If women wish to welcome trans-identifying males into these circles then that is, of course, fine. But they must also have a right to exclude them if they wish. Women are socialised to be passive, accommodating and nice. They are pressurised to do things that make them feel uncomfortable. Feminism is about telling women to be assertive and stand up for themselves.
They should not be ‘gaslighted’ into putting male feelings before female rights.
And they should certainly not be pressurised into believing that a man who says he is a woman is somehow more marginalised than women themselves.
That just turns oppression on its head.
Joan McAlpine MSP
WPUK share the concerns of Joan McAlpine MSP that single-sex exemptions are underused and inadequately understood and that ‘international best practice’ has been used in an effort around the world to introduce legislation without adequate scrutiny .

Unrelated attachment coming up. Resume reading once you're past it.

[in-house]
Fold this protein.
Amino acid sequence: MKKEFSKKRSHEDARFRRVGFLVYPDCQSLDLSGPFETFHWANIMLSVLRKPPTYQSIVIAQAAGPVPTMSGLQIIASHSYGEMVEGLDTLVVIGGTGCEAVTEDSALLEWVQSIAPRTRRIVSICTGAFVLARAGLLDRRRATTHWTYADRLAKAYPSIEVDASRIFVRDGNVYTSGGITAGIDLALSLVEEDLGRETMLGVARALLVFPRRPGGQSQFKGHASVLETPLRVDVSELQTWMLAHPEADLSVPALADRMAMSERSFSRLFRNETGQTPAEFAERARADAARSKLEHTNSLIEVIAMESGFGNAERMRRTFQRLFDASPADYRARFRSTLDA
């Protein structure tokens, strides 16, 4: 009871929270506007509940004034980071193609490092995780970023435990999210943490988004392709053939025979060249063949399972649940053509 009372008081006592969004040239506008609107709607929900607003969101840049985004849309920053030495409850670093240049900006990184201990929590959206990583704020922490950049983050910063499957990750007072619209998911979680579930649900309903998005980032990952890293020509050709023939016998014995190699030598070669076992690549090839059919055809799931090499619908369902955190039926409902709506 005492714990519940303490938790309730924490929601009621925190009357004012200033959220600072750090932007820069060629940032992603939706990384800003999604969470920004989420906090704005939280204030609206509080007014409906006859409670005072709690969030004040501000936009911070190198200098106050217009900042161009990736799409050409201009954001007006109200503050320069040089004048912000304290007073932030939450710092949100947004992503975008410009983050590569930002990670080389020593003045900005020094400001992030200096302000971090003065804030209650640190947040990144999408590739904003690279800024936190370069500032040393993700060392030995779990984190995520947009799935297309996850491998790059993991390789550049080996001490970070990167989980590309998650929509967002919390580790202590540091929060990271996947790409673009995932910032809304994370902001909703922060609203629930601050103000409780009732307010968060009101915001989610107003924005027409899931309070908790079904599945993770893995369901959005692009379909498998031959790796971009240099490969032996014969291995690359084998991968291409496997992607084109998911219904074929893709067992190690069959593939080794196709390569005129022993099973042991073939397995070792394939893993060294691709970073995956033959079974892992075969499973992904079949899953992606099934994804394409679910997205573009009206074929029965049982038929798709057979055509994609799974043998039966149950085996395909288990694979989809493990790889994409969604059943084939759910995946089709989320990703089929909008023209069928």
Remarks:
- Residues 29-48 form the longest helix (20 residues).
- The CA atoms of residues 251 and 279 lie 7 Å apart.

We are pleased to hear the Scottish Government commitment to proper scrutiny and consultation. As McAlpine says, “it is a significant win for the unfunded independent grassroots female rights groups”.
Scottish women made this happen and all major political parties should pay attention to the strength of feeling amongst women voters.
Find out more about the grassroots female rights groups in Scotland: